In the instant case the petitioner pleaded guilty to unarmed robbery and was sentenced to 5-18 years in the state penitentiary. The depositions taken on behalf of the respective parties disclose that appointed counsel failed to contact his client promptly and further that he consulted with his client for a period of only ten to twenty minutes previous to the entering of his plea. The depositions and exhibits, however, reveal that before the acceptance of the guilty plea, the trial judge examined the petitioner at length. He pointed out to the petitioner that the crime charged in the indictment was punishable by a sentence of not less than ten years nor more than life; that a lesser included offense was charged in the indictment, i. e., unarmed robbery, the sentence for which is 5-18 years. The petitioner related that no promises were made to him to induce a guilty plea; that he entered the guilty plea freely and voluntarily; that he understood that he was entitled to a jury trial; that he understood that he was waiving his right to a jury trial by the entry of his plea; that he was satisfied that he had been adequately represented by counsel and that the charges had been adequately explained to him by his counsel; that he knew it was probable that he would be sentenced to the state penitentiary; and that he understood everything that the court had said to him. From the above recitation of facts it seems beyond question that the petitioner was, at the time he entered his plea and at time of sentencing, plainly and fully informed of the charges against him and that he was satisfied with his counsel. It plainly appears that the petitioner did not want to stand trial but desired to plead guilty, being fully aware of the probable sentence.
In addition to the foregoing, the record reveals evidence that appointed counsel did conduct an independent investigation and determined that the petitioner had a criminal record. Furthermore, counsel instigated plea bargaining which resulted in a plea to unarmed robbery rather than armed robbery as charged in the indictment. We acknowledge that trial counsel was not as attentive to the defendant's case as he should have been. However, in the circumstances revealed by the record, we conclude that the petitioner was not denied effective assistance of counsel. Where the latter's efforts did fall short, the outcome of the case was not affected and any error that resulted will be regarded as harmless.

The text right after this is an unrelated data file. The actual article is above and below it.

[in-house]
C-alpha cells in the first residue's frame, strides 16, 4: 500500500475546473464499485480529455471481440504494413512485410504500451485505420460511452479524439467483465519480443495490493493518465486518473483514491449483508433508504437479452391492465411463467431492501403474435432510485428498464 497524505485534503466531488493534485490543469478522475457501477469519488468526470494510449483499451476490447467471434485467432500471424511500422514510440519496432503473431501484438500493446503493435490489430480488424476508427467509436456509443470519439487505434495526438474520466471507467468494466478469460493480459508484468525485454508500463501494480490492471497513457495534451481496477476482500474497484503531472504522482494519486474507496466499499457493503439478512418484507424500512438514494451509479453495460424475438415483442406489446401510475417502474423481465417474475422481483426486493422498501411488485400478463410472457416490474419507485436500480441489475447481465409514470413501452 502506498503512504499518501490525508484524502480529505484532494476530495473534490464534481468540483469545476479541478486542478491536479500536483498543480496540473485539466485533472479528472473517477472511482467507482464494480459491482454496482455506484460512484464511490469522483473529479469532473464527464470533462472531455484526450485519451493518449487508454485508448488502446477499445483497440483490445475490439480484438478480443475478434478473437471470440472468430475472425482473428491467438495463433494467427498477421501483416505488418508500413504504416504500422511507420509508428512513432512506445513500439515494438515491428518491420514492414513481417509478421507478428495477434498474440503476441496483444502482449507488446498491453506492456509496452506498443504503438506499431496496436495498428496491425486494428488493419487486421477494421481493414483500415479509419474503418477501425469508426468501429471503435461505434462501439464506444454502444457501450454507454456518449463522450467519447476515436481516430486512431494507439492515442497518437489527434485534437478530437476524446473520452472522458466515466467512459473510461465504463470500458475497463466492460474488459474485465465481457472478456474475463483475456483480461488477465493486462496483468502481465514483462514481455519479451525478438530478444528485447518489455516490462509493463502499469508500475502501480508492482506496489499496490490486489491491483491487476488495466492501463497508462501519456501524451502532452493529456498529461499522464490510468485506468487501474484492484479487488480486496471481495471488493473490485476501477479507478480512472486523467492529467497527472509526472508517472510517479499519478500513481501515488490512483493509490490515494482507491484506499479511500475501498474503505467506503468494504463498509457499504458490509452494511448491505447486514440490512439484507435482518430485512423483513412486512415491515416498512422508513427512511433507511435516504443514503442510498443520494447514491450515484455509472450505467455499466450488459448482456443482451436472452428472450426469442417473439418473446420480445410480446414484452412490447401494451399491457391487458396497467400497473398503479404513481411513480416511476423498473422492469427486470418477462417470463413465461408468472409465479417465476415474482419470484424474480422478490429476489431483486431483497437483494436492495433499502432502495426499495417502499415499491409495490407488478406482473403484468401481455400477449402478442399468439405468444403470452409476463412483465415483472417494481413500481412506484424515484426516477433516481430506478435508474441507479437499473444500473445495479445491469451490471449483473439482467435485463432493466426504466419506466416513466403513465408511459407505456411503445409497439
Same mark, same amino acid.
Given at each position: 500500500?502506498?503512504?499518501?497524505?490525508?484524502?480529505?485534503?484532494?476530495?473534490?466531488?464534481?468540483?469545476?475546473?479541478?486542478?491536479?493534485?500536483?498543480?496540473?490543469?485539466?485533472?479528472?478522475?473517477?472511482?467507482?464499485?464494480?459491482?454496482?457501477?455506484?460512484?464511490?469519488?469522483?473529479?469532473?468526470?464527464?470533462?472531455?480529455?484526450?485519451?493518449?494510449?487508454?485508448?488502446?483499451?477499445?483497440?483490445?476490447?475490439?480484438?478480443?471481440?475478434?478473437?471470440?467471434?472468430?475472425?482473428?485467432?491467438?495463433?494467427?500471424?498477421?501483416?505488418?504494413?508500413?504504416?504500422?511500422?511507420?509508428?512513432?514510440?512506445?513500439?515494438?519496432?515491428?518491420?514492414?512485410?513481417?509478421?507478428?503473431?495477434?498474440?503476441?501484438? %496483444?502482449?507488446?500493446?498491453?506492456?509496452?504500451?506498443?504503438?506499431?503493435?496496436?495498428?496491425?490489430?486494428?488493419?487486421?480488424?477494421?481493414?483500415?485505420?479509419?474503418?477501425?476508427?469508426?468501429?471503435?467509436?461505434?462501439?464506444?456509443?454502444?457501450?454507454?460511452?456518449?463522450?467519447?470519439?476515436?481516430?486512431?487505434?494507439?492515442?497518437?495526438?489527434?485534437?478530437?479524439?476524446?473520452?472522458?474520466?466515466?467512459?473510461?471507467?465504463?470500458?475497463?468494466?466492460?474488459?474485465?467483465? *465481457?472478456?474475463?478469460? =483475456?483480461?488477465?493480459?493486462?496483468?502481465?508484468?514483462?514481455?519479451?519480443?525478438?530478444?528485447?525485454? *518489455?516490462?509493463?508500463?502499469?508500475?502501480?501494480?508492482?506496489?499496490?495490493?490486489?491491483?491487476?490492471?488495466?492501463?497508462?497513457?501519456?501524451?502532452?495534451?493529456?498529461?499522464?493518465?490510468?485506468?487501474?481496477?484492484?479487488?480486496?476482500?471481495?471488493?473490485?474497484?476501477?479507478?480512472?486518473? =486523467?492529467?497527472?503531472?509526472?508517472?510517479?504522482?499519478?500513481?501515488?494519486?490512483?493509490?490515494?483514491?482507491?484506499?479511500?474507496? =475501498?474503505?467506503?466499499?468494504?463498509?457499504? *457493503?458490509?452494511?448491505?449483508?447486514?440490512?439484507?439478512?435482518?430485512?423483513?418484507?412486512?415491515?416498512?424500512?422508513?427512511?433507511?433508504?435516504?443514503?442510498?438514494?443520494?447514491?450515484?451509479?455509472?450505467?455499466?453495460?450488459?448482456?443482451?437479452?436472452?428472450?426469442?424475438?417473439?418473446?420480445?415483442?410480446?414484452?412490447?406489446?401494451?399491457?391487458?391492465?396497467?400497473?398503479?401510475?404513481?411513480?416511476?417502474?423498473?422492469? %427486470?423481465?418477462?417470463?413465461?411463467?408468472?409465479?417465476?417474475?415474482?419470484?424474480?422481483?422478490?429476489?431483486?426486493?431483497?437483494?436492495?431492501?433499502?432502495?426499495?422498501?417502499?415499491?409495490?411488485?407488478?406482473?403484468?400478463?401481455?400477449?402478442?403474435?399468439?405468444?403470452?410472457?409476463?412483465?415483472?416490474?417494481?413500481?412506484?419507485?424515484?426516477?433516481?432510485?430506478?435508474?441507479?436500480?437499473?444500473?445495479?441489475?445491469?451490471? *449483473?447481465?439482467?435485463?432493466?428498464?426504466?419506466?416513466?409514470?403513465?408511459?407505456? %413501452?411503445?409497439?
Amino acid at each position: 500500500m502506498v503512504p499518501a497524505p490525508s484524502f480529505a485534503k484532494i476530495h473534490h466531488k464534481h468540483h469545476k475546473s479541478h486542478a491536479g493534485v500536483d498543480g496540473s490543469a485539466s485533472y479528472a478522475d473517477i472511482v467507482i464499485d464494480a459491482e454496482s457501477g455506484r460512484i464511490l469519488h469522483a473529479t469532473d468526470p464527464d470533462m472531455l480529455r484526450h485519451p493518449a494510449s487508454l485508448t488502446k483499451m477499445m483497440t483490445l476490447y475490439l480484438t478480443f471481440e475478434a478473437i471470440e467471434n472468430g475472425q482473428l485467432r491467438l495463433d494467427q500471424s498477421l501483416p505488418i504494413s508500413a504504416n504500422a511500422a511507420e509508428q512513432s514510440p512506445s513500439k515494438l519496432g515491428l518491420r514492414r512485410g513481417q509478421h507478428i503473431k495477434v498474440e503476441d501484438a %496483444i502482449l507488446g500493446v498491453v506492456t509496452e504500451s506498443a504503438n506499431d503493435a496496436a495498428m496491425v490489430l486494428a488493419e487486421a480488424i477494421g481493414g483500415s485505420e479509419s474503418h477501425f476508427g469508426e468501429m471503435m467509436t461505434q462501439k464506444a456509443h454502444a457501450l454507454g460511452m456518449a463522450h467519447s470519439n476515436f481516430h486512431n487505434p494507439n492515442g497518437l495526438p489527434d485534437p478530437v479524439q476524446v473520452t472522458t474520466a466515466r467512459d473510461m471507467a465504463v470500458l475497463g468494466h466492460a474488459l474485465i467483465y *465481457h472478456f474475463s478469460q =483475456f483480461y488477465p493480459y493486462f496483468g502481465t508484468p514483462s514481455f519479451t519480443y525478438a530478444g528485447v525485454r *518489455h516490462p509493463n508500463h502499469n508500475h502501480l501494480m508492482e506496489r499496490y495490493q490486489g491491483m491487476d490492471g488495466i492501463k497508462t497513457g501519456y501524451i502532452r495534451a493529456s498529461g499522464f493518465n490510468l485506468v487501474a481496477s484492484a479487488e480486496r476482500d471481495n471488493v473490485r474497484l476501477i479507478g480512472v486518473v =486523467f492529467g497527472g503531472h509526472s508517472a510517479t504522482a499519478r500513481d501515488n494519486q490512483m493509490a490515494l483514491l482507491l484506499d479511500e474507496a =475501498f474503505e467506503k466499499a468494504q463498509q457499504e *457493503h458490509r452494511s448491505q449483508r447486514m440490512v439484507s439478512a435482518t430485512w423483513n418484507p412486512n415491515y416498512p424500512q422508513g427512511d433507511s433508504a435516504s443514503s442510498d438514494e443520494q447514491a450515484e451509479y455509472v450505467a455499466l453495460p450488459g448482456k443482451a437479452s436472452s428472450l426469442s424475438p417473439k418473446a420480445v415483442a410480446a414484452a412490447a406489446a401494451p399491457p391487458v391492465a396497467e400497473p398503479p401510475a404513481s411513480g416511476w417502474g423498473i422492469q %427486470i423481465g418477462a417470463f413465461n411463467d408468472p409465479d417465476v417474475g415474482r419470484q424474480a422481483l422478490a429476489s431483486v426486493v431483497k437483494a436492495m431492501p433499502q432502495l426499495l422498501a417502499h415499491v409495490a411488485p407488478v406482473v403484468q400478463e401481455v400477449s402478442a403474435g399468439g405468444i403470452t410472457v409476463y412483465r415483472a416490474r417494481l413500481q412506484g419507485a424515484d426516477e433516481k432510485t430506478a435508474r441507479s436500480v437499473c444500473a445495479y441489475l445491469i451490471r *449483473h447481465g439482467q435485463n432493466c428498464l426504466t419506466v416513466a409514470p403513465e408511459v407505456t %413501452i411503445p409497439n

Whether or not an indigent defendant has been denied effective assistance of counsel in conducting his defense has been considered in many cases. We refer particularly to State v. Thomas, 157 W.Va. 640, 203 S.E.2d 445 (1974); Coles v. Peyton, 389 F.2d 224 (4th Cir. 1968) and United States v. DeCoster, 487 F.2d 1197 (D.C.Cir.1973), wherein guidelines were formulated to determine that issue. Distilling the principles taught by those cases we find that the Court should make the following inquiries as to whether:1) counsel was promptly furnished to the accused; 2) counsel was afforded a reasonable time to prepare to defend the accused; 3) counsel promptly conferred and thoroughly discussed the facts and the law with the client, including but not limited to advising him of his rights, matters of defense, etc.;
*120 4) counsel conducted any investigation of the facts and the law in preparation for trial;
5) counsel exhibited the normal and customary degree of skill possessed by attorneys who are reasonably knowledgeable of criminal law; and,
6) any prejudice resulted to the accused in the event any of the above guidelines were not followed.
An omission or failure to abide by the above requirements may constitute a denial of effective assistance of counsel unless the state can establish lack of prejudice thereby. Considering the circumstances of this case, counsel's representation of the defendant, while not of the highest order, did not fall to the level of "ineffective assistance" and was not prejudicial to the defendant's case.
For the reasons herein stated the relief prayed for is denied and the petitioner is remanded to the custody of the respondent.
Relief denied; petitioner remanded.